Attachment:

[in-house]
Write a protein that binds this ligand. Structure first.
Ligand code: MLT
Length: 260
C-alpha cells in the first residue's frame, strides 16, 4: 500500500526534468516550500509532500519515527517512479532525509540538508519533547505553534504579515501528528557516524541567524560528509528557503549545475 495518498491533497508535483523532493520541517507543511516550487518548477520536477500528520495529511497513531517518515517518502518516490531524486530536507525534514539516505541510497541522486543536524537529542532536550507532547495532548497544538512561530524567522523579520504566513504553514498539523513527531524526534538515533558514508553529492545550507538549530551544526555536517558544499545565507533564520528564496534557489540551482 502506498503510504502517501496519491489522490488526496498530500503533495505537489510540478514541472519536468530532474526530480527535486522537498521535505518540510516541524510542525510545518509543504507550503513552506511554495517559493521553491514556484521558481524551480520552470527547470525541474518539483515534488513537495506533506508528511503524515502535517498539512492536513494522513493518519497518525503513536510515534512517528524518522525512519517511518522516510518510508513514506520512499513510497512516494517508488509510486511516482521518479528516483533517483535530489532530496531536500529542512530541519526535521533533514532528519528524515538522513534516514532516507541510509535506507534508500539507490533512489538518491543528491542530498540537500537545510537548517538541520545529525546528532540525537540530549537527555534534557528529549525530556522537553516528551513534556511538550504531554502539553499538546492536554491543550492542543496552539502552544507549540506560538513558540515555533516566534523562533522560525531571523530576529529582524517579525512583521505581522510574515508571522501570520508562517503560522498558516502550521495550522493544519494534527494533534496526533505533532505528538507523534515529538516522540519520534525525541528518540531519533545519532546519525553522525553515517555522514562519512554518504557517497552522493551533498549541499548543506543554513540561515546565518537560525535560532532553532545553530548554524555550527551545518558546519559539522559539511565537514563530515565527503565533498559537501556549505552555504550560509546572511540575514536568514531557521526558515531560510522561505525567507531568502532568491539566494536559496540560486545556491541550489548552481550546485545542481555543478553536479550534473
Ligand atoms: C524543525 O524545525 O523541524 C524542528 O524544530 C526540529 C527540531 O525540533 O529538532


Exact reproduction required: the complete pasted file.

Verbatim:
[in-house]
Write a protein that binds this ligand. Structure first.
Ligand code: MLT
Length: 260
C-alpha cells in the first residue's frame, strides 16, 4: 500500500526534468516550500509532500519515527517512479532525509540538508519533547505553534504579515501528528557516524541567524560528509528557503549545475 495518498491533497508535483523532493520541517507543511516550487518548477520536477500528520495529511497513531517518515517518502518516490531524486530536507525534514539516505541510497541522486543536524537529542532536550507532547495532548497544538512561530524567522523579520504566513504553514498539523513527531524526534538515533558514508553529492545550507538549530551544526555536517558544499545565507533564520528564496534557489540551482 502506498503510504502517501496519491489522490488526496498530500503533495505537489510540478514541472519536468530532474526530480527535486522537498521535505518540510516541524510542525510545518509543504507550503513552506511554495517559493521553491514556484521558481524551480520552470527547470525541474518539483515534488513537495506533506508528511503524515502535517498539512492536513494522513493518519497518525503513536510515534512517528524518522525512519517511518522516510518510508513514506520512499513510497512516494517508488509510486511516482521518479528516483533517483535530489532530496531536500529542512530541519526535521533533514532528519528524515538522513534516514532516507541510509535506507534508500539507490533512489538518491543528491542530498540537500537545510537548517538541520545529525546528532540525537540530549537527555534534557528529549525530556522537553516528551513534556511538550504531554502539553499538546492536554491543550492542543496552539502552544507549540506560538513558540515555533516566534523562533522560525531571523530576529529582524517579525512583521505581522510574515508571522501570520508562517503560522498558516502550521495550522493544519494534527494533534496526533505533532505528538507523534515529538516522540519520534525525541528518540531519533545519532546519525553522525553515517555522514562519512554518504557517497552522493551533498549541499548543506543554513540561515546565518537560525535560532532553532545553530548554524555550527551545518558546519559539522559539511565537514563530515565527503565533498559537501556549505552555504550560509546572511540575514536568514531557521526558515531560510522561505525567507531568502532568491539566494536559496540560486545556491541550489548552481550546485545542481555543478553536479550534473
Ligand atoms: C524543525 O524545525 O523541524 C524542528 O524544530 C526540529 C527540531 O525540533 O529538532